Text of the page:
The proposed rules – developed with the U.S. Department of Health and Human Services and in close coordination with the U.S. Department of Veterans Affairs – propose to extend many of the flexibilities adopted during the public health emergency with appropriate safeguards.
The proposed rules do not affect:
Telemedicine consultations that do not involve the prescribing of controlled medications.
Telemedicine consultations by a medical practitioner that has previously conducted an in-person medical examination of a patient.
The proposed rules also would not affect:
Telemedicine consultations and prescriptions by a medical practitioner to whom a patient has been referred, as long as the referring medical practitioner has previously conducted an in-person medical examination of the patient.
The proposed rules would provide safeguards for a narrow subset of telemedicine consultations—those telemedicine consultations by a medical practitioner that has: never conducted an in-person evaluation of a patient; AND that result in the prescribing of a controlled medication. For these types of consultations, the proposed telemedicine rules would allow medical practitioners to prescribe:
a 30-day supply of Schedule III-V non-narcotic controlled medications;
a 30-day supply of buprenorphine for the treatment of opioid use disorder
without an in-person evaluation or referral from a medical practitioner that has conducted an in-person evaluation, as long as the prescription is otherwise consistent with any applicable Federal and State laws. The proposed rules are explained in further detail for patients and medical practitioners on DEA.gov.
“DEA is committed to ensuring that all Americans can access needed medications,” said DEA Administrator Anne Milgram. “The permanent expansion of telemedicine flexibilities would continue greater access to care for patients across the country, while ensuring the safety of patients. DEA is committed to the expansion of telemedicine with guardrails that prevent the online overprescribing of controlled medications that can cause harm.”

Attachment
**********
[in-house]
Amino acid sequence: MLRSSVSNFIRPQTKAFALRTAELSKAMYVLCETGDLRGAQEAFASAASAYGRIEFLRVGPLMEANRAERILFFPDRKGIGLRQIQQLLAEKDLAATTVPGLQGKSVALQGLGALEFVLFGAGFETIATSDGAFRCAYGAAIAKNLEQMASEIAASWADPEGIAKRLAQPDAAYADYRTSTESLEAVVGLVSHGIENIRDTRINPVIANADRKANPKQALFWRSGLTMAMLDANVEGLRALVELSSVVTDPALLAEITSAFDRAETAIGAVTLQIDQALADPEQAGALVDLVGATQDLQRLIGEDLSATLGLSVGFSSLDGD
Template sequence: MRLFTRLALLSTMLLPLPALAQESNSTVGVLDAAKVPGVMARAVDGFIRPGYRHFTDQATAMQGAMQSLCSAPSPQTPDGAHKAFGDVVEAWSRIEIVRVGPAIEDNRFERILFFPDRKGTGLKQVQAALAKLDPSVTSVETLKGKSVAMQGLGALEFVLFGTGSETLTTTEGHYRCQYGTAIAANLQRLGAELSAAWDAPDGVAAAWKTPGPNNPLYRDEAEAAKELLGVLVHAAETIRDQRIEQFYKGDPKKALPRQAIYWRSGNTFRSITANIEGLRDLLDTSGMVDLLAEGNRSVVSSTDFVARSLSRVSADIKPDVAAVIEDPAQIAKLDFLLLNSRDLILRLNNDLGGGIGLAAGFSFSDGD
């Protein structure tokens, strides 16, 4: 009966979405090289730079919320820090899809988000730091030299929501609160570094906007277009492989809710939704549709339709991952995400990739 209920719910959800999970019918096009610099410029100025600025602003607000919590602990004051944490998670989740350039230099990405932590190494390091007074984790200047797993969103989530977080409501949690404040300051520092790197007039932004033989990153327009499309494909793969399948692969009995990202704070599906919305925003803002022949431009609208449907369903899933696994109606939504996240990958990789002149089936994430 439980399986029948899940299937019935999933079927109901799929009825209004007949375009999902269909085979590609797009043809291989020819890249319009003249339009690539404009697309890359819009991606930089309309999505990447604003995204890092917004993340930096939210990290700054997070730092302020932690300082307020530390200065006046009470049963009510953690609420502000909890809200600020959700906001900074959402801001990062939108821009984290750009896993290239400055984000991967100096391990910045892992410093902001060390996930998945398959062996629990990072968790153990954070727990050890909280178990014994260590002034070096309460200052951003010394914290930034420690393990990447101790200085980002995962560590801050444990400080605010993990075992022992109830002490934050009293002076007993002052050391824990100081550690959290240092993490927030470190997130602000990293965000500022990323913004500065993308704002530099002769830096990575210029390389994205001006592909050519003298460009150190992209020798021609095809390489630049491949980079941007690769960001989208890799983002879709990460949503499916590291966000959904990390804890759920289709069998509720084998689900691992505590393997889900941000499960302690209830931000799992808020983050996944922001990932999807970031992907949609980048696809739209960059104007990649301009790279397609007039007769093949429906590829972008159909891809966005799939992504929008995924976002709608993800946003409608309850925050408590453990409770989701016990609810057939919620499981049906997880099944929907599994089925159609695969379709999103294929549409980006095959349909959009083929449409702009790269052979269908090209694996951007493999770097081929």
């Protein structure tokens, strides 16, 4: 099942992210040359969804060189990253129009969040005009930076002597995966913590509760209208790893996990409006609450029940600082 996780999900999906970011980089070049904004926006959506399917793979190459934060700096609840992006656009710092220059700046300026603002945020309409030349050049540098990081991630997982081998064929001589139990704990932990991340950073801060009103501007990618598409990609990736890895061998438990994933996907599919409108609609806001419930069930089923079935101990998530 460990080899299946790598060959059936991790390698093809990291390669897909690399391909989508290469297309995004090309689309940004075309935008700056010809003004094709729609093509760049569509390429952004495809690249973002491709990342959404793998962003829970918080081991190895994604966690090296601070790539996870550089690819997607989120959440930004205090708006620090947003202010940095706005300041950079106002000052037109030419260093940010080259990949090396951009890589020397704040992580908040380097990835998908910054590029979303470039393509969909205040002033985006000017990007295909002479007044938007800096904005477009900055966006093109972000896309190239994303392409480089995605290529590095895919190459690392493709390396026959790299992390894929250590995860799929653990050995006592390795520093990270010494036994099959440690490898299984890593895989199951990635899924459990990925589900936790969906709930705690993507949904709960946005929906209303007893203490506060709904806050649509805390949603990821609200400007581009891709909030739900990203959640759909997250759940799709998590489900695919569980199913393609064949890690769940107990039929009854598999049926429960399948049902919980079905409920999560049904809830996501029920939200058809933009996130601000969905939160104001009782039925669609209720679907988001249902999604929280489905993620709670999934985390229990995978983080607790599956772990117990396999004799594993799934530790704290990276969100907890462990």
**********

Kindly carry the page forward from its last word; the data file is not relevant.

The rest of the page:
“Improved access to mental health and substance use disorder services through expanded telemedicine flexibilities will save lives,” said HHS Secretary Xavier Becerra. “We still have millions of Americans, particularly those living in rural communities, who face difficulties accessing a doctor or health care provider in-person. At HHS, we are committed to working with our federal partners and stakeholders to advance proven technologies and lifesaving care for the benefit of all Americans.”
The proposed telemedicine rules also further DEA’s goal of expanding access to medication for opioid use disorder to anyone in the country who needs it. “Medication for opioid use disorder helps those who are fighting to overcome substance use disorder by helping people achieve and sustain recovery, and also prevent drug poisonings,” said DEA Administrator Milgram. “The telemedicine regulations would continue to expand access to buprenorphine for patients with opioid use disorder.”
The full text of the proposals may be found here and here. The public has 30 days to review and comment on the proposals, which DEA will then consider before drafting final regulations. DEA is appreciative of the public’s feedback.
For more information on DEA’s continued efforts to expand access to medications used in treatment for those suffering from opioid use disorder, visit: DEA’s Commitment to Expanding Access to Medication-Assisted Treatment.
Additional resources for patients can be found here:
Is My Prescription a Controlled Medication? Controlled-Non Controlled List (dea.gov)
Can My Medication be Prescribed through Telemedicine? Controlled Substance Guidance (dea.gov)
Additional resources for practitioners can be found here:
Proposed Rules Summary Telemedicine Rules Summary.pdf (dea.gov)
Proposed Rules Highlights for Medical Practitioners Telehealth Highlights Medical Practitioners.pdf (dea.gov)